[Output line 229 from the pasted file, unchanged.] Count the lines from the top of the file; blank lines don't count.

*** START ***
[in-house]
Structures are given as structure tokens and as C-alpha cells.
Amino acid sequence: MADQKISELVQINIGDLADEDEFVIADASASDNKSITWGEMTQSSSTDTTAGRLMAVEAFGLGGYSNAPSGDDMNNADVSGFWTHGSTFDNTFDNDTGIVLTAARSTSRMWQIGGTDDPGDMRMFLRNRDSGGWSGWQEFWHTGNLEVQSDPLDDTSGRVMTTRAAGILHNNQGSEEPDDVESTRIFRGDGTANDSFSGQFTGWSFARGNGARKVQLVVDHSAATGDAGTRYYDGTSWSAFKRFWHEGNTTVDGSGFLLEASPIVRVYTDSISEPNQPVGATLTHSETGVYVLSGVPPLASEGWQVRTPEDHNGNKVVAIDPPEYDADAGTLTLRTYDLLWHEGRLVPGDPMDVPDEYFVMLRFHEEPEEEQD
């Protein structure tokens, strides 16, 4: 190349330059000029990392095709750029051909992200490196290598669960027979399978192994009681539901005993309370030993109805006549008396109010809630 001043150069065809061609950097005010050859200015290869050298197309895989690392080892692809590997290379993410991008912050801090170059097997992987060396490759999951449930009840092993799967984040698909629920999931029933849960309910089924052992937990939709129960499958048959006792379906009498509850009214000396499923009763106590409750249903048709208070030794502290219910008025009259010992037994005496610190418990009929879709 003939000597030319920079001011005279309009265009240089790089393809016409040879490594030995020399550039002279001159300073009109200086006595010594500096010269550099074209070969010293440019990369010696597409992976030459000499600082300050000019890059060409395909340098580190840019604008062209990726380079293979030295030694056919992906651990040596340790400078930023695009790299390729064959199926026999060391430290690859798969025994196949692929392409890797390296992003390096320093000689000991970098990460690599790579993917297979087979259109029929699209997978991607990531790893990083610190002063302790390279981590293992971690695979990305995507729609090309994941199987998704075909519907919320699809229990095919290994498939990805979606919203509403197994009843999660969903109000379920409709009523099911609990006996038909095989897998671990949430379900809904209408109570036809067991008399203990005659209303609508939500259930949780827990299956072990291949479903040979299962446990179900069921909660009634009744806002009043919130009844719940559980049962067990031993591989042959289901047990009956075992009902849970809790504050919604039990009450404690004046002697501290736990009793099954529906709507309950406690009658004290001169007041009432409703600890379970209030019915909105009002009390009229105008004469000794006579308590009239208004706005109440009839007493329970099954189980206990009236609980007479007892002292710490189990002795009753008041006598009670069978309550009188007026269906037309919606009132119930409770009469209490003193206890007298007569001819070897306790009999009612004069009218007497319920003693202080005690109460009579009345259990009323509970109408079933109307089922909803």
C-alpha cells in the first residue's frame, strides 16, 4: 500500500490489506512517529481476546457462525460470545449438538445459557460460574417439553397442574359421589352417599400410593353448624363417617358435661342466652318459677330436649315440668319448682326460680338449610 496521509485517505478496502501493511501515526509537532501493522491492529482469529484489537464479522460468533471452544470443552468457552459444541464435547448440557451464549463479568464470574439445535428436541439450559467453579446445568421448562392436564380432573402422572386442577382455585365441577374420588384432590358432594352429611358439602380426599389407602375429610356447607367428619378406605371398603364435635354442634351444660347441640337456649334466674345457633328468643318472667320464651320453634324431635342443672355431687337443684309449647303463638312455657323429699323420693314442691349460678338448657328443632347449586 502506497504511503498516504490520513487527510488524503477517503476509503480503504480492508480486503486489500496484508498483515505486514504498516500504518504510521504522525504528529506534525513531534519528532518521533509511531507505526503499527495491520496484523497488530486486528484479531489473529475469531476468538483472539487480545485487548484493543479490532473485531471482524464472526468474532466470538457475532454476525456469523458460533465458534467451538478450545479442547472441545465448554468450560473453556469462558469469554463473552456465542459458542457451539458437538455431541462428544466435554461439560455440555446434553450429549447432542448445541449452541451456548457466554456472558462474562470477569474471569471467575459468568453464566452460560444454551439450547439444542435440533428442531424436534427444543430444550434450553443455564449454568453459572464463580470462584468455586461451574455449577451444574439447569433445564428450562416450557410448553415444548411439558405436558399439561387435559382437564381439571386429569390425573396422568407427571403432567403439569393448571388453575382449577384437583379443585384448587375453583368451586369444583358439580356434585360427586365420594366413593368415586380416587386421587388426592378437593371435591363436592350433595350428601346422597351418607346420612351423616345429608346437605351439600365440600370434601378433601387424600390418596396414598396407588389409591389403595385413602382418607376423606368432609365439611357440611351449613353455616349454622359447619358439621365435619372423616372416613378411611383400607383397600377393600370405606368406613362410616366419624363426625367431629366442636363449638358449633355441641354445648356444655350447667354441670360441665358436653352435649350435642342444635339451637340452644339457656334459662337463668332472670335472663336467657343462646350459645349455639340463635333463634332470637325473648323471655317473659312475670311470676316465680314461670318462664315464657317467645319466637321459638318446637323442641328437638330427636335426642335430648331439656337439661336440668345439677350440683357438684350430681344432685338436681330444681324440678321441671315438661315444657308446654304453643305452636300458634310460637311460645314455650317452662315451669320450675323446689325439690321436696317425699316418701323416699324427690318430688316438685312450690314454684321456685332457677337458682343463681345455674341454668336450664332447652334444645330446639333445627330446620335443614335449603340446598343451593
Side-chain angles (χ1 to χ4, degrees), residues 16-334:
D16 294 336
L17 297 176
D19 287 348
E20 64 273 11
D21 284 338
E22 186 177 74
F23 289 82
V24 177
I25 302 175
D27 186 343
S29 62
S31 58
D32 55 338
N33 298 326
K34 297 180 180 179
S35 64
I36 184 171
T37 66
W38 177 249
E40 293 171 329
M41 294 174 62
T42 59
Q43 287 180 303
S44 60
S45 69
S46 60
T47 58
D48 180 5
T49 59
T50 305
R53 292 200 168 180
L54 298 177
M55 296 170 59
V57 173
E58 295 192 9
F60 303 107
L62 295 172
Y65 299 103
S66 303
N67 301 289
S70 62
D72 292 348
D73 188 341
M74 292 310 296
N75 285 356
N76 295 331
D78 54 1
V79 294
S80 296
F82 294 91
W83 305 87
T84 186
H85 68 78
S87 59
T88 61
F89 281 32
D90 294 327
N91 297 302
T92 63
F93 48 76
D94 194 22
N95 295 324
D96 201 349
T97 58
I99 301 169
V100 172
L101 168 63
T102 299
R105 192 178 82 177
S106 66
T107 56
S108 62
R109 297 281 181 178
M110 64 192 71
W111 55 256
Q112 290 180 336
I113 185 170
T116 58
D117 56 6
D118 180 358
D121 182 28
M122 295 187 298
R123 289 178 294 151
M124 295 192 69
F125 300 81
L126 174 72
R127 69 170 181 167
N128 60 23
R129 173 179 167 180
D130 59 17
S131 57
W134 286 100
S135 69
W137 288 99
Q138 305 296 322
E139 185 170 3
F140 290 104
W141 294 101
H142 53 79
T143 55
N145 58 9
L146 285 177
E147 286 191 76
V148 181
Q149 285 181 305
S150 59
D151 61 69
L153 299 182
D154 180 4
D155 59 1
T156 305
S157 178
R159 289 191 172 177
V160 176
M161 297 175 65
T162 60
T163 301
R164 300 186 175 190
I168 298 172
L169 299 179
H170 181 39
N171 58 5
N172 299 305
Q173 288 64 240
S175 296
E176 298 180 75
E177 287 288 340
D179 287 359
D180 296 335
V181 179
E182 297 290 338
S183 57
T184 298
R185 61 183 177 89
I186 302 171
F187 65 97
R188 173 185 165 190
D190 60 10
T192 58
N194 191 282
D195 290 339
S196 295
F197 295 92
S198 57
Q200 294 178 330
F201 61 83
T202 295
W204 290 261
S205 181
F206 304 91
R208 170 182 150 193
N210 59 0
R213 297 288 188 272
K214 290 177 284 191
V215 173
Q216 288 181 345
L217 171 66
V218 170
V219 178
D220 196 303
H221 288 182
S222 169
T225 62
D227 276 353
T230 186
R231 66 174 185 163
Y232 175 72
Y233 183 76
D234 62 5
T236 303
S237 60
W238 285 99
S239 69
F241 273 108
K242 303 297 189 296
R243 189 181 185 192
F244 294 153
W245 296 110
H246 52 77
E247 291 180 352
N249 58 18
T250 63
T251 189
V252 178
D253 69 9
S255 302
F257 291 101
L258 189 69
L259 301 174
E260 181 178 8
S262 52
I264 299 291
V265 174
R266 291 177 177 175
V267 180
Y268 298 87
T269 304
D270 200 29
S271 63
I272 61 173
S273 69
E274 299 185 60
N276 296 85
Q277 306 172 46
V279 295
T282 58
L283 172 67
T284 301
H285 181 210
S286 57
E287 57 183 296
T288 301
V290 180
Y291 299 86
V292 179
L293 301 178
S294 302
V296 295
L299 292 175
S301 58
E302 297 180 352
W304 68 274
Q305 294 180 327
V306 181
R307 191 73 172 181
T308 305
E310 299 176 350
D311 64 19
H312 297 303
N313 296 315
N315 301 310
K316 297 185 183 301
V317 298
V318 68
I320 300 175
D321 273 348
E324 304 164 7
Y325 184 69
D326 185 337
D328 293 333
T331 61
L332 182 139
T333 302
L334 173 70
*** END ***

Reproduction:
Q305 294 180 327